piranha: red origami crane (Default)
[personal profile] piranha
the paramour just left, after the first flight was cancelled. the fog was sitting pretty low here, but it must have been vancouver that had the real problem, since the later flight just took off in worse fog. anyway, that one has landed in vancouver, and i am hoping that 1 hour and 10 min is enough time to get through immigration and customs, so that zie'll catch the connecting flight to LAX.

and of course, to be properly ironic, i had for once made plans for today. ha! i keep telling people that not making plans is much better because one is rarely disappointed. :) it wasn't anything big, just that i had charted out a series of experiments in my mind.

see, when i got into polymer clay i really enjoyed most of it, except for the baking. the baking is annoying as all get-out because our oven not only doesn't heat to the temperatures indicated on the dial, no, it also produces weird spikes. and polymer clay does have a narrow range within which it will bake solidly, yet not discolour or worse, burn. so, i bought a toaster oven at the salvation army store. but that didn't work out because the heating element is too close to the pieces that need to be baked, unless they're fairly small. *grump*. early on i saw the warnings on the packages about NOT EVER microwaving it, so naturally, i had to try that -- and those warnings seemed quite correct. a mere couple of minutes in the microwave produce a crisply burned polymer clay piece and very noxious fumes.

that put a serious dent in my experiments with polymer clay, and i put it mostly away and did other things. but yesterday when thinking about artsy things to make for people who commented on the meme a few days ago, i thought "hey! so it burns when put directly into the microwave. but what if i were to immerse it in water? in a container that does not conduct lots of heat?"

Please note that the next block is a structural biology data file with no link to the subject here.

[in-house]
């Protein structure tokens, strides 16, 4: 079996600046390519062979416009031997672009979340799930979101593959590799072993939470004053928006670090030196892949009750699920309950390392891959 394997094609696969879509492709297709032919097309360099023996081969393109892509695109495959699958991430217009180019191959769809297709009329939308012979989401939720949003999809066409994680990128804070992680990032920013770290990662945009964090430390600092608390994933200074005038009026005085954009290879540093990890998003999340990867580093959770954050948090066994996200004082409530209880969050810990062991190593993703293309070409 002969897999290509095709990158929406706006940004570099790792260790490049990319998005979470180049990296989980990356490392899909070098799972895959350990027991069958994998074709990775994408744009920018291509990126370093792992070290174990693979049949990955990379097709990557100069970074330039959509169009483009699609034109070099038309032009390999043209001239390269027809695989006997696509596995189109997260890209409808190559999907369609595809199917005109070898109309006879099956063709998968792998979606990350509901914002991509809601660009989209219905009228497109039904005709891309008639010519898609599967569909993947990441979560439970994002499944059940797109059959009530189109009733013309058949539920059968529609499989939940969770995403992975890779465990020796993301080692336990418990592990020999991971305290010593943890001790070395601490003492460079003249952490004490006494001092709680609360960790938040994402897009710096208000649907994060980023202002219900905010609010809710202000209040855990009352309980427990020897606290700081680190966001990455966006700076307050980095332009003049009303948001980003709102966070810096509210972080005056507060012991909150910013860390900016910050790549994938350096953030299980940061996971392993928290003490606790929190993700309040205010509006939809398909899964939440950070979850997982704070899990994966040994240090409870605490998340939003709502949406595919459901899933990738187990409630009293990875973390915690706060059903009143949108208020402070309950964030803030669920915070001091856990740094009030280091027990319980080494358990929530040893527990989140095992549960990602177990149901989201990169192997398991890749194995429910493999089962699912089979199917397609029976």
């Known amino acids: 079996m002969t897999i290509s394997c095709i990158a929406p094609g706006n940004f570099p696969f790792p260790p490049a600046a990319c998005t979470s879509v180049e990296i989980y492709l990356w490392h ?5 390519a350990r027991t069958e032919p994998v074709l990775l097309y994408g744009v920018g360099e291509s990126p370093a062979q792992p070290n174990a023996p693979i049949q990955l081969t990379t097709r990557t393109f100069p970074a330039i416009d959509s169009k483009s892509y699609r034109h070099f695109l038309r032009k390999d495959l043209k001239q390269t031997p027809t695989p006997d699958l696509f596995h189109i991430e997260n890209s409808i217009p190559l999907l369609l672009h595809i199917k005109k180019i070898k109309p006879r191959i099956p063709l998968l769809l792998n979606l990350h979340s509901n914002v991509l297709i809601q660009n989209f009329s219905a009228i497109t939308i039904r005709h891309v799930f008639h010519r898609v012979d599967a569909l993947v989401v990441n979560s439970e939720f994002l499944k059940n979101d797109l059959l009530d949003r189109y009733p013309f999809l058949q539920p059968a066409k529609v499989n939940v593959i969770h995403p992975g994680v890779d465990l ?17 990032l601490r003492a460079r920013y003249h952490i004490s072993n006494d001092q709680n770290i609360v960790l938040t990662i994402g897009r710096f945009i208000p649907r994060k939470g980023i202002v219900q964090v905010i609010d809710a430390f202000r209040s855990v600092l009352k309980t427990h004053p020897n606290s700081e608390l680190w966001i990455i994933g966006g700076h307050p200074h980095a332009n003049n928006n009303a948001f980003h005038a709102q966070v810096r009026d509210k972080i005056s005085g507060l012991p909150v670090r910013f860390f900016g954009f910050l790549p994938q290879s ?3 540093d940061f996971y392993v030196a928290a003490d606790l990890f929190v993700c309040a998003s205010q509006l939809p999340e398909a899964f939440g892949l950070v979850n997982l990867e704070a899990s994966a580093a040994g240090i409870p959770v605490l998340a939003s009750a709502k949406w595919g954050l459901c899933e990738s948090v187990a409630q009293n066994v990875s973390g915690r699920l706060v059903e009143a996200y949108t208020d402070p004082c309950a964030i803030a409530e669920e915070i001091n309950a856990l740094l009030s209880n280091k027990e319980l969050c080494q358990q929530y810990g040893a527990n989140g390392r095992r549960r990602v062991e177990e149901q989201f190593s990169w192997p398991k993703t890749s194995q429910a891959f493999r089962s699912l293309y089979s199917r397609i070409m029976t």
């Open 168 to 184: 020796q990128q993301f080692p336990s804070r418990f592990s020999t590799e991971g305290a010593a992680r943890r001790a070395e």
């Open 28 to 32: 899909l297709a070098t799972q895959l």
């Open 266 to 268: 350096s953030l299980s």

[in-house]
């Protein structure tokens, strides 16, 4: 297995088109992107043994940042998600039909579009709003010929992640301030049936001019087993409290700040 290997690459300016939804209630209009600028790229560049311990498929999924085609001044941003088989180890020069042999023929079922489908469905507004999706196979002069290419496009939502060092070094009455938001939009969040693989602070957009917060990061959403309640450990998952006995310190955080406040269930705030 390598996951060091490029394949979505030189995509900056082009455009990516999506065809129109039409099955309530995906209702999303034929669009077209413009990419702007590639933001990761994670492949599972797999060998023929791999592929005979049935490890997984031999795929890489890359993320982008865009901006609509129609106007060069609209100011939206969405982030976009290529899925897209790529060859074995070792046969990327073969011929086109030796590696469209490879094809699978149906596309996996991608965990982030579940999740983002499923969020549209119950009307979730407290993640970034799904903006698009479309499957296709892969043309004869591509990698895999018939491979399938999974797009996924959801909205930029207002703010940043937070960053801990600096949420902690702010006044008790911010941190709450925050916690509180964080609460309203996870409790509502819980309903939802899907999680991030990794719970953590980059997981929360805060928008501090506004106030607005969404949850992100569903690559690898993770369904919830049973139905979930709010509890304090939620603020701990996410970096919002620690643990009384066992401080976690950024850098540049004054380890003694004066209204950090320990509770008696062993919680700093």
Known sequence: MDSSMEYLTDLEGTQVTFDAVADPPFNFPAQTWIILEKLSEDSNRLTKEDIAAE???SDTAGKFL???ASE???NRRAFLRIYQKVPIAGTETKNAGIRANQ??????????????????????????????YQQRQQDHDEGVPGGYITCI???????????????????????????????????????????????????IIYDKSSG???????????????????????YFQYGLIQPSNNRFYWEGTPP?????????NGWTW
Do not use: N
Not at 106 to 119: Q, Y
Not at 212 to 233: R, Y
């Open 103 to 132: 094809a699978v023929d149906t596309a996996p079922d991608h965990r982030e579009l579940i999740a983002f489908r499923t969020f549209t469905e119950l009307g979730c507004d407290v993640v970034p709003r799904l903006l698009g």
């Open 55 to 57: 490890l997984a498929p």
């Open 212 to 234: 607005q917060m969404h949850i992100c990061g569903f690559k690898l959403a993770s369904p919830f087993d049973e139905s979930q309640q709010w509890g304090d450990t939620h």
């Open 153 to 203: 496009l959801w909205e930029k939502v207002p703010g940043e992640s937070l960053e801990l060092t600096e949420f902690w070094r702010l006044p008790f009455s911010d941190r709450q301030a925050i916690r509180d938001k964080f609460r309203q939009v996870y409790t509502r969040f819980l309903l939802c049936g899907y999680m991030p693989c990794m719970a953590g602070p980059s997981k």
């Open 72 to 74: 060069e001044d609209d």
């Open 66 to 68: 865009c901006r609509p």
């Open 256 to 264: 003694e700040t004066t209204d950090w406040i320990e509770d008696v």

so that's what's in the microwave right now, some scrap clay (which is an amalgam of super sculpey and leftover bits of premo). i watched the first cooking (15 min) very closely, and nothing terrible happened. some slight fumes are emitted (the window behind the microwave vent is open), but no worse than what emanates from the oven when baking the clay. and it did bake, all the way through the beads, though not quite as hard as i would want it to be (fingernails leave an impression). so i'm cooking the batch again, for 20 min this time.

Geek Answer Syndrome. :)

on 2006-10-15 00:56 (UTC)
brooksmoses: (Default)
Posted by [personal profile] brooksmoses
For that matter, you could also immerse it in water in the oven; the water will regulate the temperature to a consistent value below 100C regardless. Though I suppose it takes rather a while to get water hot in an oven....

Alternately, if below-the-boiling-point-of-water isn't quite hot enough, some sort of thing like the terra-cotta containers for baking garlic in ought to work to hold heat and even out the temperature a lot.

Or, for the toaster oven, you should be okay if you put an aluminum-foil tent over the pieces; that will remove most of the proximity effects from the heating elements.

Re: Geek Answer Syndrome. :)

on 2006-10-15 01:38 (UTC)
ext_481: origami crane (Default)
Posted by [identity profile] pir-anha.livejournal.com
hey, GAS for stuff i am trying to figure out is always welcome!

yeah, i was thinking of building an in-oven contraption from a flowerpot and saucer to regulate the heat, after the paramour suggested bricks for regulating (while we were brainstorming over this between planes :).

that will probably in the long run be a better solution than the immersion in water -- though man, i am liking this! pop into the microwave, wait a while and i'm done! none of the stupid pre-heating and checking. but the boiling point of water is unfortunately a bit too low for the clay to cure completely (recommended is 130°C). i'm thinking that it's probably good enough for beads at 100C, but maybe not for sculpture. we'll see.

i did fiddle more with the toaster oven than i indicated in the OP (including the alu tent, since hey, i learned something from roasting food stuff), but it was just too damn much futzing around in too small a space.

i now need to go and try destroy these beads i've cooked by repeatedly dropping them onto concrete from 2m.

Re: Geek Answer Syndrome. :)

on 2006-10-15 05:12 (UTC)
Posted by [identity profile] elynne.livejournal.com
Ham-mer! Ham-mer! ;)